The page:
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June 28, 2010 at 6:40 am #968819::
I have a product that I designed, produced and market myself. My goal is to sell brand space on my product (or is the term “to badge the product”?) to a big retailer and have it distribute through their stores. My question is where do I begin? How does one set the value of branding space on a product?
I have trademarked the product, but there is still a chance that the big fish might eat the little fish. I have been trying to build up my brand and product recognition because of this. But at what stage can I safely approach the big fish? And what ammunition should I carry with me?
I’d appreciate some direction. Thank you.June 30, 2010 at 10:09 am #1035356CarolPMember
- Total posts: 77
Hi Mrs Minter,
I am not quite clear on what you are asking. Do you want to sell space on the physical packaging or something else. Can you be a little more specific without giving it away?
CarolJune 30, 2010 at 1:02 pm #1035357::
I would like to sell space on my product to brand it to a big retailer. So for an example if I made a calendar and I wanted to brand the front of it to “Big Retailer’s Calendar” and get them to sell it in their stores, how do I go about estimating the value of that space on my calendar?
Obviously my product is not as generic as a calendar, but it’s the best example I can think of at the moment. There are similar products on the market, but nothing exactly the same. I’d like to have some facts and figures behind me, such as “It will cost you $1M to put your name on this because of ???” But that’s where I get lost… “because it’s a good idea”, “because it will make you look good to your customers”, “because X Retailer pays $1M to brand their calendar”?
Perhaps I need to take a basic marketing class?
MS MinterJuly 8, 2010 at 11:59 am #1035358DavidMMember
- Total posts: 329
Hi Ms Minter,
It sounds like you have developed a product idea that you would like to sell to a large retailer, so they can brand it with their own house brand. Is that correct? If this is the case we need to understand why you’re looking to take this course of action. Is it:
1. You think you could make a quick profit?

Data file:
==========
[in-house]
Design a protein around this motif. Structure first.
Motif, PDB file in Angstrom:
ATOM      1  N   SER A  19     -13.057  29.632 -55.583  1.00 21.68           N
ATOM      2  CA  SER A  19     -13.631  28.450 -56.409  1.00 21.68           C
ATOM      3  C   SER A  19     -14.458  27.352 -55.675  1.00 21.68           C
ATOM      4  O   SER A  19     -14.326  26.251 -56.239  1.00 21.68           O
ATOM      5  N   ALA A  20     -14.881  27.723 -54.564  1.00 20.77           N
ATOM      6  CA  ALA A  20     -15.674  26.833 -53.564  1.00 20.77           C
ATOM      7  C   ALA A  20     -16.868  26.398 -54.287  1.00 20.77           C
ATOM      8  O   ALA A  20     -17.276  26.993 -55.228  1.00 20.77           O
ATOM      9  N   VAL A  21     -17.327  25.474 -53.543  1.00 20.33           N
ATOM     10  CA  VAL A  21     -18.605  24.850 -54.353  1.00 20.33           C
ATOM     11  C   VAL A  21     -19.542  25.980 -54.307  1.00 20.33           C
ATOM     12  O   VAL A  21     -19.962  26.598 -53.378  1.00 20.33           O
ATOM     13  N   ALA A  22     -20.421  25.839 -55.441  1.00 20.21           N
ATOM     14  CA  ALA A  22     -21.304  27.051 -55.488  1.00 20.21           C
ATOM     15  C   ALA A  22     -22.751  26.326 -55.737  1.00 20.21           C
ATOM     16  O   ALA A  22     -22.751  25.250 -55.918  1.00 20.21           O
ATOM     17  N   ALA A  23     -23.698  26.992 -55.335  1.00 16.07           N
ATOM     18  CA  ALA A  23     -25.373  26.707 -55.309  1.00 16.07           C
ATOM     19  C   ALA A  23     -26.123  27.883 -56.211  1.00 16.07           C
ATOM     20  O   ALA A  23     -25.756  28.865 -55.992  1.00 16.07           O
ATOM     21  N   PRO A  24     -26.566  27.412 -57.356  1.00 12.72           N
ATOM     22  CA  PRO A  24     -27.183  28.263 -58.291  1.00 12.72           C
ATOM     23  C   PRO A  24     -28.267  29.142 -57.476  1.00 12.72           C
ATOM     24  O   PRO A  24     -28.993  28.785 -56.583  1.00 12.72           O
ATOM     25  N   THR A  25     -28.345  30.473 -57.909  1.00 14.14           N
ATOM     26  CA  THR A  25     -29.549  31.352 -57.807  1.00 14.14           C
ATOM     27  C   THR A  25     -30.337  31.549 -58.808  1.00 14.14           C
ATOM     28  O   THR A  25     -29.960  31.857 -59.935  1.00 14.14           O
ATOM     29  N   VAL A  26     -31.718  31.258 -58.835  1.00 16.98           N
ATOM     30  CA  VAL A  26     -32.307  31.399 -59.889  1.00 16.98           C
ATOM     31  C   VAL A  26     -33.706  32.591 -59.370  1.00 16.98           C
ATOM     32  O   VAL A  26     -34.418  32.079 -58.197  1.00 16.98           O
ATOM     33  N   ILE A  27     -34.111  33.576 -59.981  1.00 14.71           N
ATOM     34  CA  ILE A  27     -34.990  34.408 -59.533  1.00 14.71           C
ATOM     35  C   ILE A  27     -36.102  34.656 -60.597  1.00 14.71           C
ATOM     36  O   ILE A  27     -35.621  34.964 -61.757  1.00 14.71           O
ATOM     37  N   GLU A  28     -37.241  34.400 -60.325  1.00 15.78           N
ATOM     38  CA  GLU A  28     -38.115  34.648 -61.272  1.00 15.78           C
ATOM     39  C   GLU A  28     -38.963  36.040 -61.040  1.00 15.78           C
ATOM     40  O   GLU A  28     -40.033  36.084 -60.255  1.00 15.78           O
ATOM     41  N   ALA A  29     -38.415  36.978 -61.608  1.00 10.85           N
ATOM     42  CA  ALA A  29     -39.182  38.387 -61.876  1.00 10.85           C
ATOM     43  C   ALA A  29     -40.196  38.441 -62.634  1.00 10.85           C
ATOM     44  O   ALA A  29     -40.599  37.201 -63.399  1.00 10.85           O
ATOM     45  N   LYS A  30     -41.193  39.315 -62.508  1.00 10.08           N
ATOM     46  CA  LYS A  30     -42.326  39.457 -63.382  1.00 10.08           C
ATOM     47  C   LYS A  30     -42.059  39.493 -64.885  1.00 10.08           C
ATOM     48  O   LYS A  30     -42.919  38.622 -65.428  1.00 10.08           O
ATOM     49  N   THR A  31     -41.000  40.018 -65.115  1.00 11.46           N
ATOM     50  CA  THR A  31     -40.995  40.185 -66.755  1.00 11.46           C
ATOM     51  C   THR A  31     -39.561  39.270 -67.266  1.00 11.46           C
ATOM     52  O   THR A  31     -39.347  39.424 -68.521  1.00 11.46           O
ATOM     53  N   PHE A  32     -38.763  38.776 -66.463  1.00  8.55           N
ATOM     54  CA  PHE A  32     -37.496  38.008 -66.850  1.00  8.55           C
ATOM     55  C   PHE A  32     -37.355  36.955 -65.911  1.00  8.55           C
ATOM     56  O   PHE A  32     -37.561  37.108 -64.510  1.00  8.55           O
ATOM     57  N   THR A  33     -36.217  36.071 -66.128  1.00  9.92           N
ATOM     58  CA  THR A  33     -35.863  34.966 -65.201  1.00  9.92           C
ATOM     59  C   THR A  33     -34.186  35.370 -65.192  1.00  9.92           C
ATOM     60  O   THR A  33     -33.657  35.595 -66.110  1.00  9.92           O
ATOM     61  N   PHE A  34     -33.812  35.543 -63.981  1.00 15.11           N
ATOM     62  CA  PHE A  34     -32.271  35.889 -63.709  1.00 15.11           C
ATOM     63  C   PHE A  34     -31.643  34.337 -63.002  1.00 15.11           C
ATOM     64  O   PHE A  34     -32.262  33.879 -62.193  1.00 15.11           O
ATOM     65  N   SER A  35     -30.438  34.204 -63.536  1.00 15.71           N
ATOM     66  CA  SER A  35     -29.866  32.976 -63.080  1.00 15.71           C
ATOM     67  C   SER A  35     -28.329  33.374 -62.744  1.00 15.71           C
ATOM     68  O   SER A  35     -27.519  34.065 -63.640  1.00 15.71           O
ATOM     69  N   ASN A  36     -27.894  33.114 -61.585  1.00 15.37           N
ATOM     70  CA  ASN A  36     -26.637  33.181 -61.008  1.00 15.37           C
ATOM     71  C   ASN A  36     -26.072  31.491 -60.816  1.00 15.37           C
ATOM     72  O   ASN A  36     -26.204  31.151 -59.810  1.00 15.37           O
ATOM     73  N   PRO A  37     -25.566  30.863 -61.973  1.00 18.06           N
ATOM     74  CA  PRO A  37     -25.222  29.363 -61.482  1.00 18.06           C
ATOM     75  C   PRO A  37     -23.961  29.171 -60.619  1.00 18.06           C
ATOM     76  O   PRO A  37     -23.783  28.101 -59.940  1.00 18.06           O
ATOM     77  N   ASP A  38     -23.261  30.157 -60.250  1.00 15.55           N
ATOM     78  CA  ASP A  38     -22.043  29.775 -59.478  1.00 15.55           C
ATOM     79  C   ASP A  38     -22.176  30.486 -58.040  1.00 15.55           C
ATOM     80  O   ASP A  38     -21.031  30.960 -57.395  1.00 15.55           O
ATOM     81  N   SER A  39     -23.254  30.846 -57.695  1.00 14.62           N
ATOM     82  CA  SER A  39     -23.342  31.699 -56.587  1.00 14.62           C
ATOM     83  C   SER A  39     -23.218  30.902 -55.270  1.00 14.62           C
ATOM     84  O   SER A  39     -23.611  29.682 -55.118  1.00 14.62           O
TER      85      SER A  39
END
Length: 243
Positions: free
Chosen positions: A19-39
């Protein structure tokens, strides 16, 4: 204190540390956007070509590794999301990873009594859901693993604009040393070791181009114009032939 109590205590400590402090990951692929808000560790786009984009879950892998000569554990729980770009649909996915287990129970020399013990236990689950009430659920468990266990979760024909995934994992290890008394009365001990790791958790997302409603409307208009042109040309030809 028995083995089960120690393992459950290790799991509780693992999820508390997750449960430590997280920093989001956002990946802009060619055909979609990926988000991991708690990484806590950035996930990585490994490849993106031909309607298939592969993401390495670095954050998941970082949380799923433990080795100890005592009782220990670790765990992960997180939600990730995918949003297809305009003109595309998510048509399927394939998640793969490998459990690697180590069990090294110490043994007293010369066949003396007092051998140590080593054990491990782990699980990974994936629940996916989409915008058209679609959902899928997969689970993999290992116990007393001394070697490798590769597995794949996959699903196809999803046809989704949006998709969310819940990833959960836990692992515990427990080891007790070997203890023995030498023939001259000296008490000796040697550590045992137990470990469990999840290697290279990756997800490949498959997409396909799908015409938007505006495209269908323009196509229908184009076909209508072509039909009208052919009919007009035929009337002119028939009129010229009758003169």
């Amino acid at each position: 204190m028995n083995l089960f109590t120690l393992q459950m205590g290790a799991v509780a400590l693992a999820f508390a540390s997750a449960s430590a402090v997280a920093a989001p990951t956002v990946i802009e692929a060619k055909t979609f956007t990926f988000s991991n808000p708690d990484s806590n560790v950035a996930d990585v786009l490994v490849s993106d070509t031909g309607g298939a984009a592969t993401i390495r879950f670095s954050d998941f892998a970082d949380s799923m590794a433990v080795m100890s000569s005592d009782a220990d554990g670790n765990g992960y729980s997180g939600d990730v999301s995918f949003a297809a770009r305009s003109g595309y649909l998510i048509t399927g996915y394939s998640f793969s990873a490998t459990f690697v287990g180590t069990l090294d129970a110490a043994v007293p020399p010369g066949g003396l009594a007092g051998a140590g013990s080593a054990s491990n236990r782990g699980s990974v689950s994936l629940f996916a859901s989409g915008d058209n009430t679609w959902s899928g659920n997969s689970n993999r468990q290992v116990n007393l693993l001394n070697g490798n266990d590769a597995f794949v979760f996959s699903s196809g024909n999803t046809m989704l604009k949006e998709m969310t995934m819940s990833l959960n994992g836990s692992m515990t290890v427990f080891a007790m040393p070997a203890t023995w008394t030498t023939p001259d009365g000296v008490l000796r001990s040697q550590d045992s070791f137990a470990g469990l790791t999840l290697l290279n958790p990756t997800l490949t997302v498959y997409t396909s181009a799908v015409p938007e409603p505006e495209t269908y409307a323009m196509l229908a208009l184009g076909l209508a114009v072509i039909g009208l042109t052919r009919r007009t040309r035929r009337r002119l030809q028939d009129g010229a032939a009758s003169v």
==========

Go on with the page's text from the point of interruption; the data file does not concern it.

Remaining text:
2. You don’t want to be responsible for the operation of the business?
3. You’ve heard it’s the best approach?
If I was a retailer I would want to see a set of results that would reduce my risk. After all, you don’t just stick your brand on any old thing that comes through the door. Are you able to show that your product will be successful?
If not, you may be in a better position to brand the product yourself and run it through other specialty stores or even through an online niche.
DavidJuly 9, 2010 at 2:34 am #1035359::
Yes, you are correct that I want to “house brand” my product. My reasons for this are basically all the things you listed. But mainly I thought it was a good approach to raise capital to continue the business. I would still need to operate the business – produce, package and distribute the product to the retailer.
My question was how do you calculate what the space is worth? Is it a percentage of the cost to produce a single unit? Is it a percentage of the revenue the retailer could expect to earn by a sale of a unit?
I suppose my question is really no different than calculating a general advertising rate? The value of the space given the amount of exposure it will give the advertiser.
Thank you for replying.
HealthyChartJuly 9, 2010 at 11:22 am #1035360DavidMMember
- Total posts: 329
Hi Healthy Chart,
I don’t think you’re really trying to find the value of advertising space as such, it’s more that you’re trying to find the value of your product solution. If a retailer feels you have a good product they will likely make you an offer. This won’t be reflective of the brand space they occupy but will instead be reflective of the total sales that the product is likely to generate with an included risk buffer (because, who knows if it will be a success or not).
If your product is unique and incorporates a patented idea you may have a chance. However the bigger the retailer you’re trying to snare, the longer and less likely it is to happen.
Again, without knowing your direct circumstance you have the best chance of success approaching a small or independent retailer first to gauge your products sales success. Once you generate good sales numbers you can try to catch the eye of a larger retailer with the view of ‘selling out’. This will likely see you lose control of the product/packaging.
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